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Why SMMPs Take So Long: A Step-by-Step Timeline

If you haven't already joined in the strategic meetings management journey, now is the time! I don't use the term “journey” lightly, as developing and implementing an SMM program is not a one-time event. It takes time to assess the opportunity, engage the appropriate supplier and technology partners, develop strategy, engage in change management, and finally, go live with the SMM program. Some small, nimble organizations can get a program running in 6 to 12 months, but this is the exception, not the norm. Larger organizations, especially those that are multinational, can have a phased implementation plan that takes 18 months or more.

You may be wondering why it takes so long. Below I have outlined some of the key process steps involved in designing and implementing an SMMP.

Category spend and process assessment: On the front end, in advance of designing the SMMP, there is a detailed examination of meeting and event spend coupled with a current process assessment. This information is developed into a detailed business plan for executive approval of the SMMP. Depending on how much time can be dedicated to this analysis, it can take two to four months to complete. Once the plan gets approved, the program can be designed and implementation plans can be crafted.

Request for proposal for SMM technology and/or services: Part of the program strategy will be to deploy a technology tool to support the sourcing, participant management, and data and analytics needs. Some organizations go direct to a technology company; others use the technology tool of a third-party provider, who also manages the SMMP. In either case, an RFP for SMM technology and/or services needs to be conducted. Ideally, this is a two- to four-month process.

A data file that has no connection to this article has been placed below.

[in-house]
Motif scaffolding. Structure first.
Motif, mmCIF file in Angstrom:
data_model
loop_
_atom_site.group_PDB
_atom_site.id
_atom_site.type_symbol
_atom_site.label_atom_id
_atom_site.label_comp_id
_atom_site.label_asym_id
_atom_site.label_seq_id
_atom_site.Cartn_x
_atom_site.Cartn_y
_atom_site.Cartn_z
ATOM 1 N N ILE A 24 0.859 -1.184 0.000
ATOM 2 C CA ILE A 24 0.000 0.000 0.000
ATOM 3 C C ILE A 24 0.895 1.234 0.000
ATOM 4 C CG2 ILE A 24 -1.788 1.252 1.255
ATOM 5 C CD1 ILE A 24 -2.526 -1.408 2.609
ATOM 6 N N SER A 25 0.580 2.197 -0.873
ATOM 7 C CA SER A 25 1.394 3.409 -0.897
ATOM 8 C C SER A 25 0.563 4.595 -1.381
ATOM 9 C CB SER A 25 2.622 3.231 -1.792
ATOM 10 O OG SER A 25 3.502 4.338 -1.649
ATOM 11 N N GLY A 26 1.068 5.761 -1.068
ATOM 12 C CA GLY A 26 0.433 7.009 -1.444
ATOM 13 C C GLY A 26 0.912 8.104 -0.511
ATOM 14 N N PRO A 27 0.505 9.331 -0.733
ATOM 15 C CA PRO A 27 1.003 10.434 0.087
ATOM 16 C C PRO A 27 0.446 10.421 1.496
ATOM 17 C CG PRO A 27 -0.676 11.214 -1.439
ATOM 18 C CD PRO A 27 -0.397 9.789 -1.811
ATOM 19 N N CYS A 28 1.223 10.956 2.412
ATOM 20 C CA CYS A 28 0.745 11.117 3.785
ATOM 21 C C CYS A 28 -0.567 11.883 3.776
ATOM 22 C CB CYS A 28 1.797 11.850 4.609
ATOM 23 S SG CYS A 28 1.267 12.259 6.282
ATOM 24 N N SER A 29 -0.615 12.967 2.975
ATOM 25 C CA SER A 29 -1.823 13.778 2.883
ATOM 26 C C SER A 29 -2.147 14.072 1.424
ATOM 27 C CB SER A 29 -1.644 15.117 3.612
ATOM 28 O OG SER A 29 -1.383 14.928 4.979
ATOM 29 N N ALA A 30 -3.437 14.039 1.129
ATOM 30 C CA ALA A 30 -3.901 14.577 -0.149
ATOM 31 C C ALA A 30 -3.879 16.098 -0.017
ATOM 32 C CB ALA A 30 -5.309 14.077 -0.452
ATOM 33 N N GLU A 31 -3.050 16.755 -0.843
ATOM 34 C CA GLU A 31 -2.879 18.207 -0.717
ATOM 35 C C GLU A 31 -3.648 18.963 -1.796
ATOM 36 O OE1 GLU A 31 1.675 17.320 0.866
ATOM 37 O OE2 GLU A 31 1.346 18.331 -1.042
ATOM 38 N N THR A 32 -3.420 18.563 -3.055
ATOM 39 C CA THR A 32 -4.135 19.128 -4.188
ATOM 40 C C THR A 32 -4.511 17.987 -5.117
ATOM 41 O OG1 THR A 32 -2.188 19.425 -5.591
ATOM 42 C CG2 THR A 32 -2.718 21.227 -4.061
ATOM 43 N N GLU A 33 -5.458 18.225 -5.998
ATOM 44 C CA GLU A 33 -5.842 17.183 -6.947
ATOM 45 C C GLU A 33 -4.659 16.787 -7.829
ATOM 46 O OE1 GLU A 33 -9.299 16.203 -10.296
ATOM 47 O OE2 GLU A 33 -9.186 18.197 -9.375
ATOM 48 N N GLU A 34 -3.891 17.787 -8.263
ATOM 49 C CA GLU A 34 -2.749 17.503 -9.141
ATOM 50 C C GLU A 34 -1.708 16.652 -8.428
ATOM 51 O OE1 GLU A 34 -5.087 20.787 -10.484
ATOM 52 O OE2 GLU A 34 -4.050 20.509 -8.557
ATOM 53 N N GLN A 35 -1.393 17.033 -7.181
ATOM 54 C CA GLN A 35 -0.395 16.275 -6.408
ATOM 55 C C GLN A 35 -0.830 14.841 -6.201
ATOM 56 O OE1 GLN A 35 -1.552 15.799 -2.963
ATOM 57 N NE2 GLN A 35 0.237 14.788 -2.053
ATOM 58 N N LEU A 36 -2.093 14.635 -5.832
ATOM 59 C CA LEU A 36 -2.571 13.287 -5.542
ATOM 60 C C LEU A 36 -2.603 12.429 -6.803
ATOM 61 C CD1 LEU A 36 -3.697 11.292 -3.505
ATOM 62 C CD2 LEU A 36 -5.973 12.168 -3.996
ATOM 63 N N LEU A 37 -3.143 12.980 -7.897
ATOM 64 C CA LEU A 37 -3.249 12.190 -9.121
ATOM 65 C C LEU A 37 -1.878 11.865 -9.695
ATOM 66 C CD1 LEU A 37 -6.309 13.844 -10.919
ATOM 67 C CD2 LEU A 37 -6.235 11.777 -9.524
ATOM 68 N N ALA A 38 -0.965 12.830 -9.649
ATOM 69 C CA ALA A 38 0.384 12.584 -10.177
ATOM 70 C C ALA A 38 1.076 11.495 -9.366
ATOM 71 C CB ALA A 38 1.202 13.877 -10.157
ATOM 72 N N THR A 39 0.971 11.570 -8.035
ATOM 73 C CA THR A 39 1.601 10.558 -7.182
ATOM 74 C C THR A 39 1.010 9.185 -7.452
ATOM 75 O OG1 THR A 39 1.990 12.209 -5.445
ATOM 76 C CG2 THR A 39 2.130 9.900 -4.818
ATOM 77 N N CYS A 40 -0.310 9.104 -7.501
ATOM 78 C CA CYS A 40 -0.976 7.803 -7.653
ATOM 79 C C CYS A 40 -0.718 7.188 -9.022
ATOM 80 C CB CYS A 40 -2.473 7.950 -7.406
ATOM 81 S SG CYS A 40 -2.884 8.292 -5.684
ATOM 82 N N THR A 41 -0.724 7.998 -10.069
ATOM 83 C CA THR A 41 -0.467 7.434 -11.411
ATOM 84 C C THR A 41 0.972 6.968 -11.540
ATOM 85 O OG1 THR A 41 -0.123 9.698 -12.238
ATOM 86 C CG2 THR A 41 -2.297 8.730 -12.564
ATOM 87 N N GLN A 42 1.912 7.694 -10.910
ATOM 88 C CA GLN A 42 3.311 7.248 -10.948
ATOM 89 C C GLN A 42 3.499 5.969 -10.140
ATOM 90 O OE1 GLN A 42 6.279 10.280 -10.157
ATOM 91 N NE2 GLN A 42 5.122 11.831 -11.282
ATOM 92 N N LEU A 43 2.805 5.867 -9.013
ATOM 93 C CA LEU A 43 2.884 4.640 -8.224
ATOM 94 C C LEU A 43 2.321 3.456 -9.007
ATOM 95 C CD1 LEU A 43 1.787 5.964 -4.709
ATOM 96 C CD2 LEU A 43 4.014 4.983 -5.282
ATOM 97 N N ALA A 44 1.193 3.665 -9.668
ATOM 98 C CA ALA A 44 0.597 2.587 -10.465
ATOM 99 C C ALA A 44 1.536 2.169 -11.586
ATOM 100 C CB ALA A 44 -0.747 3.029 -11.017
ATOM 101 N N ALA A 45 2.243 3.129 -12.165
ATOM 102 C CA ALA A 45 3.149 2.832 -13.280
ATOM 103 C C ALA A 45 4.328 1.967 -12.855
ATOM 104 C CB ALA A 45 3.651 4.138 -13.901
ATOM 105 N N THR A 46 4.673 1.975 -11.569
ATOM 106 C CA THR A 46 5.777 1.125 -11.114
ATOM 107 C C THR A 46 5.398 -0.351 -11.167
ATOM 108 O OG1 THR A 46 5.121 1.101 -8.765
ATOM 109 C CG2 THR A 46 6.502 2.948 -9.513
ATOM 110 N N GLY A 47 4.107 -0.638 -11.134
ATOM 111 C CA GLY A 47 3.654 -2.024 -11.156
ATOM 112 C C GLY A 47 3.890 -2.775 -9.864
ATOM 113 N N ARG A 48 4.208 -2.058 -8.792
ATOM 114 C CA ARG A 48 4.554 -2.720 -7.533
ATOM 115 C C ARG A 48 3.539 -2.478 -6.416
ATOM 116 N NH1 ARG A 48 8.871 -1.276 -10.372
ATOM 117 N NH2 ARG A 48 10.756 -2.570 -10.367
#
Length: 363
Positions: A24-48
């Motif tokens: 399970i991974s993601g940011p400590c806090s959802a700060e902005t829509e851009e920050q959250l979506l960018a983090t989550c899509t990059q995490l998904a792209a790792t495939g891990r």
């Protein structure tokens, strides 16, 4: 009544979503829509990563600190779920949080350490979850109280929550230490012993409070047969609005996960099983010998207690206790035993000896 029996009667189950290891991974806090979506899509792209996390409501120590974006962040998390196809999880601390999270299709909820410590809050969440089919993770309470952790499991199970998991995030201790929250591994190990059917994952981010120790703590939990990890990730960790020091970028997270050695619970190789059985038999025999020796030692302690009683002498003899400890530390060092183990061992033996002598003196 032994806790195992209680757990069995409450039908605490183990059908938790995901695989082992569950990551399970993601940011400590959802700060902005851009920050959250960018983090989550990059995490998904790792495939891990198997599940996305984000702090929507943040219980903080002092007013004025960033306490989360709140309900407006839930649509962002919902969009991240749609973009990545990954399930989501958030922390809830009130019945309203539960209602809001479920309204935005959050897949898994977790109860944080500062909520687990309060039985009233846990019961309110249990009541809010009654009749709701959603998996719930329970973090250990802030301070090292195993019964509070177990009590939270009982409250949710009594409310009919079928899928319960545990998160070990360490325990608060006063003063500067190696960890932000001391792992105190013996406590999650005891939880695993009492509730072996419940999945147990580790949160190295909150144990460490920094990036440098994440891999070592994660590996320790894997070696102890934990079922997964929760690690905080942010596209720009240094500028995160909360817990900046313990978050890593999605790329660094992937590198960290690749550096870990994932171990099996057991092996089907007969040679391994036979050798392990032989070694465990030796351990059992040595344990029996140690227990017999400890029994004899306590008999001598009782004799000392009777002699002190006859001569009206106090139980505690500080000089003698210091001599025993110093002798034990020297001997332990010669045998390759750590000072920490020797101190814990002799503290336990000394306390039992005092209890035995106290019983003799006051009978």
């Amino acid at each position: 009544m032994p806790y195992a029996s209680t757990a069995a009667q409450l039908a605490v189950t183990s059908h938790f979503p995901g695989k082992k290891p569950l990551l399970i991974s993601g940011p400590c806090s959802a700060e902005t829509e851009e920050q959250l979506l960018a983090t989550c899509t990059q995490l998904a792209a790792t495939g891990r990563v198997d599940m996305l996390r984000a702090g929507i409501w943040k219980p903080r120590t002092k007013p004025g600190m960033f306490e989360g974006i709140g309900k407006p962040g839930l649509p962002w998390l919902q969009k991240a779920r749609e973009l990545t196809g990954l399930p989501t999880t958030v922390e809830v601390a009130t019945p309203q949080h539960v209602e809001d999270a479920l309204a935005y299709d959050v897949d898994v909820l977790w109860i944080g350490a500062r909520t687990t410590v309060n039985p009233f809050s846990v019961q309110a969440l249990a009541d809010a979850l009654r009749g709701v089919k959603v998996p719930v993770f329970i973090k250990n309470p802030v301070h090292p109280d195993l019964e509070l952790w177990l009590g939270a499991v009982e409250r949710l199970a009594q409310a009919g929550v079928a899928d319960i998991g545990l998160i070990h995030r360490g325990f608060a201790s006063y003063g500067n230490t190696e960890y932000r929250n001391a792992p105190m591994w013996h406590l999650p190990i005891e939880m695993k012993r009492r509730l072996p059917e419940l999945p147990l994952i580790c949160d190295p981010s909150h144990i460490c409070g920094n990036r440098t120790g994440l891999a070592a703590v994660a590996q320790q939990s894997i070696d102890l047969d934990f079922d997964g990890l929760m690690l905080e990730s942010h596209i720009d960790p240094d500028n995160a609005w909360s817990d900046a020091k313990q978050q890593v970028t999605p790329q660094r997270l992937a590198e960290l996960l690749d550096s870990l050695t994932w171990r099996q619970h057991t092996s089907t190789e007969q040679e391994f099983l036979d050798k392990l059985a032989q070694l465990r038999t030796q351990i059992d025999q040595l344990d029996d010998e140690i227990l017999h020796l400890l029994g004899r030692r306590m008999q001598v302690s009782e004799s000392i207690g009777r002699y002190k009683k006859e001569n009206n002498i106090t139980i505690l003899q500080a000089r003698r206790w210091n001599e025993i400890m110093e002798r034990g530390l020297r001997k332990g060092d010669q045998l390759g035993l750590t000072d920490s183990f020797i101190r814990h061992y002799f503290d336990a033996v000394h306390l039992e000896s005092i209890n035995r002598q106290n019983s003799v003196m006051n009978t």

Policy and process design: Design of meeting policy, work flows, technology configurations and integrations, supplier sourcing strategies, service level agreements, communication plans, and data and reporting procedures need to be developed. Depending on what type of resources can be dedicated to the work, this is likely to be a two- to three-month process.

Change management and training: This part of the process can be embedded within the steps above so that it does not add to the overall timeline. To increase program adoption, various stakeholders should be consulted and involved in the design process. Training on the new processes should take place in advance of going live with the SMMP.

Pilot evaluation and program modifications: Best-in-class programs have a three- to six-month pilot with a core group of clients in order to test and evaluate the program. Once the pilot is complete, process improvements are made and a broader roll-out is initiated.  

Certainly, there is much more involved with designing and implementing an SMMP, but these broad categories should give you an idea of the potential time commitment needed.

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